Conditions were sort-of-OK Jonathan. There were plenty of beacons to be heard around Europe. I heard OH9TEN at 58 most of the time I was on the summit. Other European beacons came and went but OH9TEN was consistent and strong. SSB activity was bubbling. A fair number of weak stations plus a couple of strong stations calling. IK3SCB was a good signal but I’m sure he said he had 6 ele single band Yagi which would help irrespective of the TX power! I checked 6m and again OH9SIX was a good signal, it’s co-located with OH9TEN. 6m had no actual stations I could hear. With both OH9TEN and OH9SIX being loud I did expect to hear something Scandanavian/Baltic and there was nothing. The only station in that area was SP8RHP. The wall of EA stations that came back to my spot was marvelous. Send spot, call CQ a few times and there was EC2AG/P for an S2S followed by 7 or 8 EA2/EA1 stations. Great stuff. EA2BDS/P was worked on CW for another S2S on 10m.
But it was very much touch and go with 10m closing apart for OH9TEN for 10s of minutes at a time. My 10m DX-y antenna had an intermittent fault so I used the back up antenna which seemed to do the trick! I needed to swap the top section for 15/17/20m and 17m had funny propagation with long periods of nothing followed by bursts of good propagation. I heard CX2TQ when I worked my EA run but he couldn’t hear me and was CQing to no avail. When I came back to 10m, conditions to S. America had improved a lot, CX2TC had a pileup and a CX8 station was a German calling CQ DL/HB9/OE in German. Quite a few PU2 stations working away but they were marginal copy most of the time.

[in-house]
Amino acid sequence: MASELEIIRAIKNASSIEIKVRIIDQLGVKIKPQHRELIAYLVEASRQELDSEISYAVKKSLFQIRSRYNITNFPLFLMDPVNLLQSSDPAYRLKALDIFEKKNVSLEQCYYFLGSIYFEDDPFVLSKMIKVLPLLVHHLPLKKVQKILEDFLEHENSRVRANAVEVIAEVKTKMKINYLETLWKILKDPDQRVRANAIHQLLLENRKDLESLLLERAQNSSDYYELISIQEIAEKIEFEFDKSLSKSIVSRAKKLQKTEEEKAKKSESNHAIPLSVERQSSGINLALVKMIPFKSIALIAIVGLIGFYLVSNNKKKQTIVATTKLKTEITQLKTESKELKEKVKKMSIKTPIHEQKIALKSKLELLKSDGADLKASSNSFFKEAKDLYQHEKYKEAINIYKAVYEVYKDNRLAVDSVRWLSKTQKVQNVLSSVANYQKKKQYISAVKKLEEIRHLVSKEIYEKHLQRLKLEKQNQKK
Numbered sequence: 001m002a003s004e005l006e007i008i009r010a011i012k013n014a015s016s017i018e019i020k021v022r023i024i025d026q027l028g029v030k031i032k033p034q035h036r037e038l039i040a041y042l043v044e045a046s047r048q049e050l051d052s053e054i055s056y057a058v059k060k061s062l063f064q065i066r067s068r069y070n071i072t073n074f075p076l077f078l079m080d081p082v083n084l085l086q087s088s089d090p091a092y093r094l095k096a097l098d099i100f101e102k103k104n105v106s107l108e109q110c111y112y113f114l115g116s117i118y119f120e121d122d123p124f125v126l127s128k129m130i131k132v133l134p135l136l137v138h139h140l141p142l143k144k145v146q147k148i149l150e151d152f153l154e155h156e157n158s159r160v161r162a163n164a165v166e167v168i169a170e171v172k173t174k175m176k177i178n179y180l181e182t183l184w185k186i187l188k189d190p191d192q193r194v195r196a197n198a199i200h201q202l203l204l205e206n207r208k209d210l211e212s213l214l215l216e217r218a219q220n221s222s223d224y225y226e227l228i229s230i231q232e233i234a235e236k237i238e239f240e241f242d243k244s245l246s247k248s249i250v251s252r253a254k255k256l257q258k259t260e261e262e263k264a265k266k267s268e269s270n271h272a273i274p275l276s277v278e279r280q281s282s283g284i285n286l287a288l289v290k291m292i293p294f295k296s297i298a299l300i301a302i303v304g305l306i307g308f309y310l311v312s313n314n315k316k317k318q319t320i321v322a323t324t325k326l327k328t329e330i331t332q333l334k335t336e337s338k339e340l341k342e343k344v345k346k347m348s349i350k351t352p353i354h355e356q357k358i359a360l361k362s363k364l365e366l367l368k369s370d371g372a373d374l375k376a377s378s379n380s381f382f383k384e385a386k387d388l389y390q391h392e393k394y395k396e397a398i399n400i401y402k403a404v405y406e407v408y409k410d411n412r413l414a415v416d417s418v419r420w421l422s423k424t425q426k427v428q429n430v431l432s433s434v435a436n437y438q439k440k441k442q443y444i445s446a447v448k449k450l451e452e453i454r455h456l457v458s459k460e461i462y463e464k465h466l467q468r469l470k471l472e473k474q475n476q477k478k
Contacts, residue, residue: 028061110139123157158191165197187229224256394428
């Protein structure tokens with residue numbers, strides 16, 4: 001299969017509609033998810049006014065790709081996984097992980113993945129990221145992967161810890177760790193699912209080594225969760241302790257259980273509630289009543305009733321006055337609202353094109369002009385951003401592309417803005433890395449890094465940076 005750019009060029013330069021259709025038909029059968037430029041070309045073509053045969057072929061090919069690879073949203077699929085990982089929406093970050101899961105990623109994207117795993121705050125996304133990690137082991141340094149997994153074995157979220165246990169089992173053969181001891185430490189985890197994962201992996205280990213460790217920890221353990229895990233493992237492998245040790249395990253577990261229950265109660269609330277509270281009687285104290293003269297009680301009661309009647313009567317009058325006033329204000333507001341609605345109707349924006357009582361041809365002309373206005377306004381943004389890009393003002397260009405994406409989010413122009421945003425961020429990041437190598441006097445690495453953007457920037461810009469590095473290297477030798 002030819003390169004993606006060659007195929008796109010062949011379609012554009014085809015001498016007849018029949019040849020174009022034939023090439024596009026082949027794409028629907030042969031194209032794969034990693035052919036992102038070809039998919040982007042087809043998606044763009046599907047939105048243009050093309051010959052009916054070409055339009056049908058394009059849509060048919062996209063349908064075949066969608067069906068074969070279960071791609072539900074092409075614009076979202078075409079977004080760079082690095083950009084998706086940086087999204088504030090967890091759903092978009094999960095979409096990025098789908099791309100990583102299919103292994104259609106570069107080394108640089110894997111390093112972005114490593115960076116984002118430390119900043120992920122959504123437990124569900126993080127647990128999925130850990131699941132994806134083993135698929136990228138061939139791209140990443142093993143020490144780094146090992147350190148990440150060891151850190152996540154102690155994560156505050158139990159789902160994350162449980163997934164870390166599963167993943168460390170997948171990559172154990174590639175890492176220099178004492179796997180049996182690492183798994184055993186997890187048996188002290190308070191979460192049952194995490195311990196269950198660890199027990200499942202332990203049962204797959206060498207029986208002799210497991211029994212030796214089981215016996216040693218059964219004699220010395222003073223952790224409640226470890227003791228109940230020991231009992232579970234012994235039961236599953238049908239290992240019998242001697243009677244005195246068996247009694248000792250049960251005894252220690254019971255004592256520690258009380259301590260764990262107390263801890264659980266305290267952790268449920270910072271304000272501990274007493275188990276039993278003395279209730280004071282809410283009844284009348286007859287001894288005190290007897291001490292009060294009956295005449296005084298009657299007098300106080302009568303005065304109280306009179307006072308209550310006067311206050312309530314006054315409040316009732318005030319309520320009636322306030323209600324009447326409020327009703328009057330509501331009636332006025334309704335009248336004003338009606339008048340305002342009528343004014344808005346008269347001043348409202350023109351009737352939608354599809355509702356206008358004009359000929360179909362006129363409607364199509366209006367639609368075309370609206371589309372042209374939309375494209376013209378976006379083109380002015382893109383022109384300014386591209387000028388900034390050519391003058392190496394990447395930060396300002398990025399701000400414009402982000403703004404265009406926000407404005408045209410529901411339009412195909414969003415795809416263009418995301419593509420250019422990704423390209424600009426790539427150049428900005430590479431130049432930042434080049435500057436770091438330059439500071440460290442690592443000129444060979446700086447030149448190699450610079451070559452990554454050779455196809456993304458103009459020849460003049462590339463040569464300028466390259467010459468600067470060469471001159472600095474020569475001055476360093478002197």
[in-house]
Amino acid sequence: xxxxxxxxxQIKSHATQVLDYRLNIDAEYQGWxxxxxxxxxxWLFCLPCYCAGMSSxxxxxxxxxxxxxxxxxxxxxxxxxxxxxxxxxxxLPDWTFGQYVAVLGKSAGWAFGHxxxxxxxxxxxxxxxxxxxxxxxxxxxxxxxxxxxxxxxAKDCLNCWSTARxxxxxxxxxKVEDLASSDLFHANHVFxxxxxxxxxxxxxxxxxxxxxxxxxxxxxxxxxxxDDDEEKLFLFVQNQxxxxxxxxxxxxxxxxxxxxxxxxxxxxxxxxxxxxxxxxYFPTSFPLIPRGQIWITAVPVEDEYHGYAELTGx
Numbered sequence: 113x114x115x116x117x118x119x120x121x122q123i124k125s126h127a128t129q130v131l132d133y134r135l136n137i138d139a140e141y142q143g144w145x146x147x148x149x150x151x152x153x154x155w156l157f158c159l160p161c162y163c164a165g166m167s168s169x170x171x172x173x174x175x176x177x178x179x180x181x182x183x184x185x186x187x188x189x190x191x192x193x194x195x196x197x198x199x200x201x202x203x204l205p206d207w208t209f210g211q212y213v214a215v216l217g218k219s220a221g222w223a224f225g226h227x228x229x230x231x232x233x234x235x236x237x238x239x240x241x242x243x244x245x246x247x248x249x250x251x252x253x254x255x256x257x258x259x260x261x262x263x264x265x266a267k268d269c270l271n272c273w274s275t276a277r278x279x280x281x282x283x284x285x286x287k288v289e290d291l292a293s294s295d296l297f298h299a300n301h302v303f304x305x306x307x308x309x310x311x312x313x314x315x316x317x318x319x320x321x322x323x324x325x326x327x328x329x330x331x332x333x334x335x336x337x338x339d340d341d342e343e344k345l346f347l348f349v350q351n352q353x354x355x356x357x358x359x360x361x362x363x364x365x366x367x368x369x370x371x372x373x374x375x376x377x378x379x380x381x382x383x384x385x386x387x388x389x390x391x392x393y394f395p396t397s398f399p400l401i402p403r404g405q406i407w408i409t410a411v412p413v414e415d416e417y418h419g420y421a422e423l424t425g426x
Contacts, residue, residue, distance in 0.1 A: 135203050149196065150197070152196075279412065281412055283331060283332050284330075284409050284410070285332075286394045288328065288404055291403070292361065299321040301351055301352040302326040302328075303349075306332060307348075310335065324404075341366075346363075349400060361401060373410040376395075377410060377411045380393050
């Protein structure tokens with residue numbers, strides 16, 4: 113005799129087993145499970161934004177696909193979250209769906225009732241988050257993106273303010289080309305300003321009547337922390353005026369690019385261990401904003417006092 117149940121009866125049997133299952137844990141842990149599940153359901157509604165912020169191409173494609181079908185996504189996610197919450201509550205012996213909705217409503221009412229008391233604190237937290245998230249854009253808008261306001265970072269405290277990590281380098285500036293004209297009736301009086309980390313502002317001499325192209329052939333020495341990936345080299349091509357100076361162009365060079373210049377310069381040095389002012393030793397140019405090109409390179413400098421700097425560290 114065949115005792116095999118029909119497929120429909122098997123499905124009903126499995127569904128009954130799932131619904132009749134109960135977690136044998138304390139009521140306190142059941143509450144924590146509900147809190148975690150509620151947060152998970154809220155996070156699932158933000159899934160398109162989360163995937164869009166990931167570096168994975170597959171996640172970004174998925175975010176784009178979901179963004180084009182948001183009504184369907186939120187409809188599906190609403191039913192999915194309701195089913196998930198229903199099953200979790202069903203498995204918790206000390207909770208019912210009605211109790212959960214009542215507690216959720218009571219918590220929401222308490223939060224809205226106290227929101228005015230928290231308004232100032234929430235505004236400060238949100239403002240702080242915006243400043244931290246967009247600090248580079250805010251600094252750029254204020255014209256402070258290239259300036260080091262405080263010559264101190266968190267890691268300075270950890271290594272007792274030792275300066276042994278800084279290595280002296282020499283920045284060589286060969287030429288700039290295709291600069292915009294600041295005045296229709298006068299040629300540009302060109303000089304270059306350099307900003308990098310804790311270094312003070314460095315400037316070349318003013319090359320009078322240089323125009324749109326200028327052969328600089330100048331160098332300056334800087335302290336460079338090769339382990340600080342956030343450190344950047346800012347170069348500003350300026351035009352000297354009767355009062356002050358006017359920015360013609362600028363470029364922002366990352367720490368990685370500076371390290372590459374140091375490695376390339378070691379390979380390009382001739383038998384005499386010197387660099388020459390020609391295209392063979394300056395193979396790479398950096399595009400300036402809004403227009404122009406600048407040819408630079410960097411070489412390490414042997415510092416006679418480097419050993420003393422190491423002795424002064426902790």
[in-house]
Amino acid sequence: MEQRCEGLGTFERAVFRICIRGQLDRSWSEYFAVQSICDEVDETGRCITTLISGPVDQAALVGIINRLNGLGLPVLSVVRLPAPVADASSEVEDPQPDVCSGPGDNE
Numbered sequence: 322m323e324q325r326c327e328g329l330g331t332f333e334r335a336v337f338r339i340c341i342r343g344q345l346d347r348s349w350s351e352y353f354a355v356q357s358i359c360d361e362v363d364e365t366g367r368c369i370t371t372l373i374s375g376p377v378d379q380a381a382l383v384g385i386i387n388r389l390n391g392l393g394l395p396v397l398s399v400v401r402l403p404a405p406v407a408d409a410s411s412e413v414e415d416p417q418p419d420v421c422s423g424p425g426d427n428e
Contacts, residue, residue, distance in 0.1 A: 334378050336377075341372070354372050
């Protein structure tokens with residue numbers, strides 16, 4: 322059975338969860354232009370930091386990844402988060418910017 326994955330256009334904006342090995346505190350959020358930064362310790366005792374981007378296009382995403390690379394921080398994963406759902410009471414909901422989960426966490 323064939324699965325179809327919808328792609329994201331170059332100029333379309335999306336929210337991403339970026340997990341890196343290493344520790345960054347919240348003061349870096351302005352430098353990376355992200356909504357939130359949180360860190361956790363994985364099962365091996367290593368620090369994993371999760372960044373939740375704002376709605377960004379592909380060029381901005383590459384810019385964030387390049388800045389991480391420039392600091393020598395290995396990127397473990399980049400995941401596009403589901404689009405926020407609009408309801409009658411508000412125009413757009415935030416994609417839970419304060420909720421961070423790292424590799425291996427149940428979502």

I stumbled across PR7AH calling CQ and worked him 1st call, he was genuinely pleased to work into Scotland but not as pleased as I was to get another QSO for the challenge. I was more surprised the backup antenna worked so well when you consider what a scabby contraption it is!